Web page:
shire, which was presumably his birthplace. Three persons of the same name, and probably of the same family, were prebendaries of Lincoln at the same period as himself, and Robert of Dalderby was mayor of the city in 1342. Dalderby devoted himself to the study of theology, of which the words 'sacræ theologiæ cathedram conscendens'(Rymer, Fœdera, ii. pt. ii. 698) imply that he became a teacher. He was canon of St. Davids, and became archdeacon of Carmarthen in 1283 (Wharton, Anglia Sacra, p. 651; Le Neve, Fasti, iii. 312), and chancellor of Lincoln in 1293. In 1300, on the death of Oliver Sutton [q. v.], he was elected bishop of Lincoln 'per viam scrutinii,' and was consecrated by Archbishop Winchelsea at Canterbury on 12 June of that year. The next year he received Edward I with his retinue at his manor of Nettleham, near Lincoln, from 20 Jan. to the beginning of March, during the sitting of the parliament held at Lincoln. Two other parliaments were held in Lincoln during his episcopate in 1304-5 and 1316, at the latter of which a patent was granted for enlarging the cathedral close. On the commencement of the process against the Knights Templars in 1309, Bishop Dalderby was one of the commissioners named by the pope to see it carried into effect. The trial of the Templars of Lincolnshire and the adjacent counties was held in the Lincoln chapter-house, but the records printed by Wilkins (Concilia, ii. 304 ff.) do not show what part the bishop took in it. The relations of the bishop to the court were evidently cordial. A file of letters exists in the muniment-room of the dean and chapter addressed to him by Margaret, the second wife of Edward I, and by Edward II when prince of Wales, commending chaplains of theirs to his good offices, and praying for preferment for them in his diocese. In 1310 he joined in the petition of the barons to the king calling on him to appoint 'lords ordainers' for a general reform of his realm and household (Chronicles of Edward I and II, Rolls Series, i. 170).
John was a notable benefactor to his cathedral. He earnestly recommended the completion of the great central tower in his letters to his diocese, and promised indulgences to those who took part in the work, in a document dated at Stow Park, 3 March 1306-7. For the augmentation of the salaries of the newly established college of vicars he transferred the advowsons of three benefices to the chapter, and made other grants to them and to the poor clerks. He was greatly beloved by the clergy and laity of his diocese. During his lifetime, even before his accession to the episcopate, miracles were ascribed to him, and after his death, which took place at Stow Park on 5 Jan. 1319-20, his grave under the western wall of the great south transept became the place of reputed marvellous cures, which procured for him a popular canonisation, and attracted crowds of votaries. The year after his death John Lindsay, bishop of Glasgow, when at Lincoln, granted forty days' indulgence to all true penitents visiting his tomb. A magnificent shrine was erected, eventually covered with silver plates, at which offerings continued to be made until the Reformation. To these gifts the new rose-window of this transept, known as 'the bishop's eye,' and the other adjacent decorations may probably be ascribed. Applications were made to the pope to procure Dalderby's legal canonisation. Certificates of miracles were laid before the holy see, and copies of them, together with the other documents relating to the petition, still remain in the chapter archives of Lincoln. But though supported by the advocacy of the king himself, the application proved unsuccessful. The pope returned a courteous negative in 1328. Nevertheless, Dalderby's day was popularly kept with much solemnity at Lincoln, and an office was drawn up for use at his commemoration, which has been printed from an imperfect manuscript in the muniment-room at Lincoln in the 'Archæological Journal' (xl. 215-24). John of Shalby, who had been a member of his household, sums up his character thus: 'Vir facundus, contemplativus, piissimus; verbi Dei prædicator egregíus; non avarus; largus, munificus; in cunctis prospers satis agens.'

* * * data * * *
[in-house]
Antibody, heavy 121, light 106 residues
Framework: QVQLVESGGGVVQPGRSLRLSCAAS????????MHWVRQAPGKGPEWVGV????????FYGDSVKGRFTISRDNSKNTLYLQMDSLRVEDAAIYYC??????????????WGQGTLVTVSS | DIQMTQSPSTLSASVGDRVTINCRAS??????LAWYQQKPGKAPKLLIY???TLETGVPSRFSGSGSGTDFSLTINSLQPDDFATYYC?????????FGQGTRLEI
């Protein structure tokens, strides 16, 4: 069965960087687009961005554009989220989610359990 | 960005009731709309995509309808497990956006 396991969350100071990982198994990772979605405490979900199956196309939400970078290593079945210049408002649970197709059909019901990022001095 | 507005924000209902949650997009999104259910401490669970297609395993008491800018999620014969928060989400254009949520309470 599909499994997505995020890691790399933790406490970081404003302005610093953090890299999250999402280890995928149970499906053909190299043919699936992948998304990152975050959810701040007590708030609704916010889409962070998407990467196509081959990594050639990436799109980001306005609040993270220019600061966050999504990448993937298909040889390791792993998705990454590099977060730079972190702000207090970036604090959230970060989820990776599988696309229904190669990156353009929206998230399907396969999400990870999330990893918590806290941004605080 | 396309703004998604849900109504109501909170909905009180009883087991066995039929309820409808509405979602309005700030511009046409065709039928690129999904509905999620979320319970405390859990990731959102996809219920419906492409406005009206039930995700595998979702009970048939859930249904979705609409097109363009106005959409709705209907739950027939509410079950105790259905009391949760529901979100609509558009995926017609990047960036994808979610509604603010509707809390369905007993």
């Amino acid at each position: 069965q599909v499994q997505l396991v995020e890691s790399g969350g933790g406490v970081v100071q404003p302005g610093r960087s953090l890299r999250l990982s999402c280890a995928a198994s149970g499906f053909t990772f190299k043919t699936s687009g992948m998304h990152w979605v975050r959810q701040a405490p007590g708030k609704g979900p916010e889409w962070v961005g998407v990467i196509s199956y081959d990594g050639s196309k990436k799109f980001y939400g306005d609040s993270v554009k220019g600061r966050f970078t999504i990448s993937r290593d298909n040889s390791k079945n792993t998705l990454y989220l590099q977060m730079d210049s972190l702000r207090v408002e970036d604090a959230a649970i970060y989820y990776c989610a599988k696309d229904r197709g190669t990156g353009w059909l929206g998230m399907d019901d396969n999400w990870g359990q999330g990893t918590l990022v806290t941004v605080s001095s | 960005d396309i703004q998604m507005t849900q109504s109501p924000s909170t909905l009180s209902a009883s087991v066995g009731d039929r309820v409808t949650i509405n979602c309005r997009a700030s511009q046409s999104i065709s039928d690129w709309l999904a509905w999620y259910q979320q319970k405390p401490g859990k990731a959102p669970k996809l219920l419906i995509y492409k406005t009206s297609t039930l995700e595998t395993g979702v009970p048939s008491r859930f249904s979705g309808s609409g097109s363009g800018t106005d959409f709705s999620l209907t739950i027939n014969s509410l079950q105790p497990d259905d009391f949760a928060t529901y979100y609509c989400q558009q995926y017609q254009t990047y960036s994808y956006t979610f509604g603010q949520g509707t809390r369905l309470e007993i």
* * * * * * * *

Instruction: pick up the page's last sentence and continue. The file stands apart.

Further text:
[Biography by John of Shalby ap. Girald. Cambr. (Rolls Ser.), ii. 212-14, with Mr. Freeman's remarks, ib. p. c; Wickenden's memoir, Arch. Journal, xl. 215-24; other authorities cited above.]
JOHN (d. 1379), called of Bridlington, saint, born at Twenge or Thwing, near Bridlington, was sent to school when five years old, and as a child was remarkable for his piety. In his twelfth year he took a vow of chastity, and when about twenty years of age became a canon regular at St. Mary, Bridlington. According to Capgrave he studied at Oxford. John took priest's orders, and served various offices in his priory, being successively master of the novices, precentor, almoner, and sub-prior. Finally, on 3 Jar 1361, he was made prior. This seems to be the correct date, but Dugdale distinguishes John de Twenge from John de Bridlington, whose accession he dates on 13 July 1366 (Monasticon, vi. 284). The two persons are no doubt identical, and Hugh expressly states that John at his death in 1379 had been prior for nineteen years. John was distinguished